Final ‘Hobbit’ Good, But Not ‘Lord Of The Rings’


Sequels are always tricky things, and when you have a sequel that is also a prequel, things get very complicated, as the writers know how things will end and have to create a story that ties up all the loose ends. This is the case with The Hobbit: The Battle of the Five Armies. Director Peter Jackson has already created one of the great fantasy series in movie history, The Lord of the Rings, but has fallen somewhat short of that high mark in the second trilogy. The battle of good vs. evil is still present, but not nearly as vivid. Of course, the first trilogy was based on three large volumes, and the second group is based on one smallish book.

The movie begins as a continuation of the previous film. Smaug the dragon, who has hoarded an enormous treasury of gold and jewels, has left his great castle and attacked Laketown, burning it to the ground. However, he is killed by Bard the Bowman (Luke Evans). The humans who lived there come to the castle needing a place of refuge but are turned away despite having provided assistance to the dwarves. The central figure in all of this, Thorin Oakenshield (Richard Armitage), had been heroic on the journey but turns almost solely to the preservation of the great fortune he now controls and casually breaks his own word by refusing the help the refugees.

Bilbo Baggins (Martin Freeman), the charming hobbit who is the central character of the trilogy, has the Arkenstone, a special jewel that is of central interest, and tries to ward off a war that is ready to take place between the dwarves in the castle, the humans huddling around it and the elves under Thranduil (Lee Pace), who have come to collect some sacred jewels that the dragon has taken. As they are preparing for battle, another army of dwarves appears, and finally, a huge army of the villainous orcs arrives to kill everyone.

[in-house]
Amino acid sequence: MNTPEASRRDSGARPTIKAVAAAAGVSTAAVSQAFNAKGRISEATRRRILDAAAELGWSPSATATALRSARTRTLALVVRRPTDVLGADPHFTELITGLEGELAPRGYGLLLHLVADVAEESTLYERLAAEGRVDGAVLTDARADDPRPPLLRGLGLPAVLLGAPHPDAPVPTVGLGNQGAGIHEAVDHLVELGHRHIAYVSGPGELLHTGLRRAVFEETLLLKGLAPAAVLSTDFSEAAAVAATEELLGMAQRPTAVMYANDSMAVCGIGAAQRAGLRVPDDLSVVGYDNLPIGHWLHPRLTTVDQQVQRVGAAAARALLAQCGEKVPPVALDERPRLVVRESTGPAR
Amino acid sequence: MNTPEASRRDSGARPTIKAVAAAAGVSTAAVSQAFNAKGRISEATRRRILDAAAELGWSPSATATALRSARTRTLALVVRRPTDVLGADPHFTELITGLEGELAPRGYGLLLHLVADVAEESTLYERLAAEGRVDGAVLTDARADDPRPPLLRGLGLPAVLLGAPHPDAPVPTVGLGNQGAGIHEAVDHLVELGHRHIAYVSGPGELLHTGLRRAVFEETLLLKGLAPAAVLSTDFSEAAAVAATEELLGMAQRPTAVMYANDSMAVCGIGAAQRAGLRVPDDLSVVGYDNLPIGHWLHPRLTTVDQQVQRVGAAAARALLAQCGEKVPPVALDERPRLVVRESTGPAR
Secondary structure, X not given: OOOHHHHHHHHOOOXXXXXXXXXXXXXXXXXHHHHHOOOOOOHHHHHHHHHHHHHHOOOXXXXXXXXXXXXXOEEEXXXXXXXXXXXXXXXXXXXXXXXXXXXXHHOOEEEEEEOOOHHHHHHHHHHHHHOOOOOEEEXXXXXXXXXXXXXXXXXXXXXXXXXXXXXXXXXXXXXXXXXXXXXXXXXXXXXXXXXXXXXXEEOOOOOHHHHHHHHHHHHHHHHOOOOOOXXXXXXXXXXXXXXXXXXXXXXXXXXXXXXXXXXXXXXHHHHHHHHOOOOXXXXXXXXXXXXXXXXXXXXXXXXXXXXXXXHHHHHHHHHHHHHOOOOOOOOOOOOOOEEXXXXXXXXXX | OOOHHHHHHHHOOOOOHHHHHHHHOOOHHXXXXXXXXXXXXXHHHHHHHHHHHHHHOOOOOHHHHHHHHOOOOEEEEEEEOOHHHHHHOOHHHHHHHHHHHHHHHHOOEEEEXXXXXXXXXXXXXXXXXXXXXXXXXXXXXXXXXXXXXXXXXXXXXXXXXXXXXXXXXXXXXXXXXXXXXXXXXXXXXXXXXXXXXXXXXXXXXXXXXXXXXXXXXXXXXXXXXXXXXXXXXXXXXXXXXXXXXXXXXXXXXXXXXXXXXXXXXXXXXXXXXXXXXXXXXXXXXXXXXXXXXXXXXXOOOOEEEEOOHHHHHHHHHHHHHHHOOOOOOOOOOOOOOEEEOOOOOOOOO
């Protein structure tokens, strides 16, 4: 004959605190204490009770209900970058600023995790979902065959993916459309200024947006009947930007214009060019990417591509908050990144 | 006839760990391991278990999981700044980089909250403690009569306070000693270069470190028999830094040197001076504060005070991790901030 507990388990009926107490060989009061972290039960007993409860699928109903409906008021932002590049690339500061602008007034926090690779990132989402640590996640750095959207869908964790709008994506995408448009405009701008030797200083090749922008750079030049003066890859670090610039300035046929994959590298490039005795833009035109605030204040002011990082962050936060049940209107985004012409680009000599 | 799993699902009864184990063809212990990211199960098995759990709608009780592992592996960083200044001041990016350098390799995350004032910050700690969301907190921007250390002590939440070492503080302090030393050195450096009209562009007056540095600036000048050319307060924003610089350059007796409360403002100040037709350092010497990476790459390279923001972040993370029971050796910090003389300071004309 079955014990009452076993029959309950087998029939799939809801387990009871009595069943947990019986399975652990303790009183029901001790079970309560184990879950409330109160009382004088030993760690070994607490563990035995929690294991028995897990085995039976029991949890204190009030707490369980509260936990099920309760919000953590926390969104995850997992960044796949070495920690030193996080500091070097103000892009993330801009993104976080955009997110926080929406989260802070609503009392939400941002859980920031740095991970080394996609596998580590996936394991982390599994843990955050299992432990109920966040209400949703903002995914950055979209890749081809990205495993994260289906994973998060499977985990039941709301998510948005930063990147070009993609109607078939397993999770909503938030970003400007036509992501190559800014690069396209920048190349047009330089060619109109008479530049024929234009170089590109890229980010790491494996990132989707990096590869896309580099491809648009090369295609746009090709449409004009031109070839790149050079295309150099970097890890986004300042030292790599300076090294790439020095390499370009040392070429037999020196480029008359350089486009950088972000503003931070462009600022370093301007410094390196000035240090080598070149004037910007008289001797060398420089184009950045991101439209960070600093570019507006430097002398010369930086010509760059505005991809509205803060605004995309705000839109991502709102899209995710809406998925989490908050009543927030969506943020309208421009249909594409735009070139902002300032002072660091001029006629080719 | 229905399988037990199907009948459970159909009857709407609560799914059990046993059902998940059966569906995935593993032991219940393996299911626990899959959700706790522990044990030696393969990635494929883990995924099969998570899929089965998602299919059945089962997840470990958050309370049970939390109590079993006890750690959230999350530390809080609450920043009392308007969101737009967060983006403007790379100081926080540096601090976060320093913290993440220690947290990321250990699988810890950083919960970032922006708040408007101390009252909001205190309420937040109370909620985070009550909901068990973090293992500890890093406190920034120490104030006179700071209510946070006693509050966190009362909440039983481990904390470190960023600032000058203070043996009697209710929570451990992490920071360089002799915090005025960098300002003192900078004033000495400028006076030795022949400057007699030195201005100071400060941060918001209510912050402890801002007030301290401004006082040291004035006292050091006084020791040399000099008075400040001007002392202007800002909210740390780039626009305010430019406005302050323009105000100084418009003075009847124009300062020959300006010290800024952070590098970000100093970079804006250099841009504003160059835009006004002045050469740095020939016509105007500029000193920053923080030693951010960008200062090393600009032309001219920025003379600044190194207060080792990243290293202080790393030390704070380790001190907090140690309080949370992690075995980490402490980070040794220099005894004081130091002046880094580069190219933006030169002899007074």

Thorin fights through his madness and leads his dwarf forces out to kill the orc generals. There is a lot of heroism, a lot of sacrifice and eventually the good guys win. Legolas (Orlando Bloom) the elf, the spurned suitor of Tauriel (Evangeline Lilly) kills one of the orc generals while Thorin kills the other. Legolas is told by his father to go north and meet the son of Arathorn (who is Aragorn, the great hero of The Lord of the Rings trilogy). Bilbo quietly returns to the shire, discovering that his fellow hobbits are auctioning off everything he owned from his precious home. In essence, the movie moves to the start of the first of the films of the greater trilogy.

That is the curse of movies like this, visible also in the second Star Wars trilogy. Things have to fit together neatly, and that limits the imagination. Still, this is a superb undertaking. The characterizations are incredibly vivid: Bard bravely fighting enormous odds while always looking out for his children; Bilbo trying to be reasonable while somehow always turning out wonderfully heroic; and most importantly, Thorin becoming a tragic hero, almost losing his mind and his decency before regaining his sanity and his honor. The battle scenes, lasting 45 minutes, were filled with wonderful moments of individual heroism and incredible creatures, and still somehow kept a semblance of humanity.

The cast was uniformly excellent. Freeman has been a charming Bilbo, always humble, always friendly, yet possessed of an unerring moral compass. Armitage was superb as Thorin. This was a role that was almost Shakespearean in its complexity while carrying enormous physical challenges, and he did everything wonderfully well. I particularly liked Evans; the lead human was remarkably human. As he fought both a dragon and orcs, he always looked toward the safety of his family; he was remarkably easy to identify with.

Aidan Turner as the lovelorn dwarf Fili was excellent, and Lilly matched him in feeling. Their final battle was wrenching. We even had a bit of a reprise from the earlier trilogy with brief appearances by Elrond (Hugo Weaving), Galadriel (Cate Blanchett) and Sarumen the White (Christopher Lee) as they rescue Gandalf (Ian McKellen).

While not quite on the level of the earlier films, this is a very good movie. There is plenty of action and a lot of plot to explain it. I found it enjoyable, well worth the time and money I was spending.